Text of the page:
Greg Taylor holds up his release papers after he was unanimously exonerated by a three-judge panel in Raleigh, N.C., in 2010. Taylor, who had been in prison since 1993 for murder, is now suing several people who worked at a crime lab, claiming their erroneous findings landed him in jail.
Three years ago, a report from the National Academy of Sciences exposed serious problems in the nation's forensic science community. It found not only a lack of peer-reviewed science in the field, but also insufficient oversight in crime laboratories.
Little has changed since that report came out, but concerns are growing as scandals keep surfacing at crime labs across the country.
Originally published on Tue November 20, 2012 6:00 pm
Two weeks after Election Day, the results are almost final. It appears the U.S. House of Representatives will be filled with 234 Republicans and 201 Democrats, though the outcome is not yet official in two states.
New York City lost almost 10,000 trees from the winds of Superstorm Sandy and the nor'easter that followed. That's far more trees lost in the city than in any other storm for which tree damage was recorded.
Walking through Central Park, Ken Chaya peers past a stone arch, observing the damage and uprooting of about 800 trees. He knows more about the park's trees than just about anybody else; he created a map that charts every single one of the roughly 20,000 trees.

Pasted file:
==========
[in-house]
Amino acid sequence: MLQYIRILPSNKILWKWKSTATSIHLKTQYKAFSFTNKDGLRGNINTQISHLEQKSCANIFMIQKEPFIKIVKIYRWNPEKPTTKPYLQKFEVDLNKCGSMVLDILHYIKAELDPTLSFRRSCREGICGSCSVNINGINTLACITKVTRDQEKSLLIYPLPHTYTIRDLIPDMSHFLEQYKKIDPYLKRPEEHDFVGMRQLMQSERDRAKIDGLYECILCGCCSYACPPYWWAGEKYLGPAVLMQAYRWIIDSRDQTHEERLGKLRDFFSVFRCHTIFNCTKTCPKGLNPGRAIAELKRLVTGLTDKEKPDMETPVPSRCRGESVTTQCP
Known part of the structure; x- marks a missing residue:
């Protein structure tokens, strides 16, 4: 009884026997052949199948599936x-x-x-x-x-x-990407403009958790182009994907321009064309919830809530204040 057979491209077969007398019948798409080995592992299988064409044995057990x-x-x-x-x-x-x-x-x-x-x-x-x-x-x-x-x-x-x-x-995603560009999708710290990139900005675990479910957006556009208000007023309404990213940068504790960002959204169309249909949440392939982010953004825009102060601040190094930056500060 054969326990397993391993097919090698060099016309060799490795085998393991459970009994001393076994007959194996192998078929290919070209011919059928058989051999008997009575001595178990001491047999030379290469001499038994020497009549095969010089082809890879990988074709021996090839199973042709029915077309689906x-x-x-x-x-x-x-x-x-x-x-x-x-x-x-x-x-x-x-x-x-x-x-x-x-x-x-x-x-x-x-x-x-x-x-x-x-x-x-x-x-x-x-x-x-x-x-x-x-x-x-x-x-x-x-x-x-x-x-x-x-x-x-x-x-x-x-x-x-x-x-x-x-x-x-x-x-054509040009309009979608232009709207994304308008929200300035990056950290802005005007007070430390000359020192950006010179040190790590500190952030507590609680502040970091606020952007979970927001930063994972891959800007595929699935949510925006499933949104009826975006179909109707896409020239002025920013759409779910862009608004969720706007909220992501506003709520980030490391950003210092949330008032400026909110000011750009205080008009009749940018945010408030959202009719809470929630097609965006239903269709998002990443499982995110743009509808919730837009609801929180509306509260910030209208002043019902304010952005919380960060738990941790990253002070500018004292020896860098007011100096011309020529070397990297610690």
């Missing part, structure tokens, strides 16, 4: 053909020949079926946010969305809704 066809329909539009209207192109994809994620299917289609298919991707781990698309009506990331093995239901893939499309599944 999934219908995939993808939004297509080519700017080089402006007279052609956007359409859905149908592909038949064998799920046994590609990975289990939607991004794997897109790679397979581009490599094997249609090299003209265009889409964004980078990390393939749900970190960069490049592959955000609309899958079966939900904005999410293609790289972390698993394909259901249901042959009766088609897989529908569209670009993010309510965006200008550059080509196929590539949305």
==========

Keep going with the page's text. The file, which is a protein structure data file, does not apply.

From NPR News, this is ALL THINGS CONSIDERED. I'm Robert Siegel.
AUDIE CORNISH, HOST:
And I'm Audie Cornish. We begin this hour with growing talk of a cease fire in the fight between Israel and Hamas militants in the Gaza Strip, but at this point, it is still just talk. Officials in Israel and in Egypt, where negotiations are underway, say there is no agreement yet. In the meantime, the fighting has intensified, with more casualties on both sides.
Imagine going to college and finding an oil rig on campus. That's becoming increasingly likely as oil and gas companies use a controversial technique commonly referred to as fracking to extract resources from land underneath campuses across the country.
Environmental science professor Jeffery Stone will never forget the day the earth shook on Indiana State University's campus in Terre Haute.
"They did it like in eight-second pulses, and you could feel the whole sidewalk wobble like an earthquake almost," Stone says.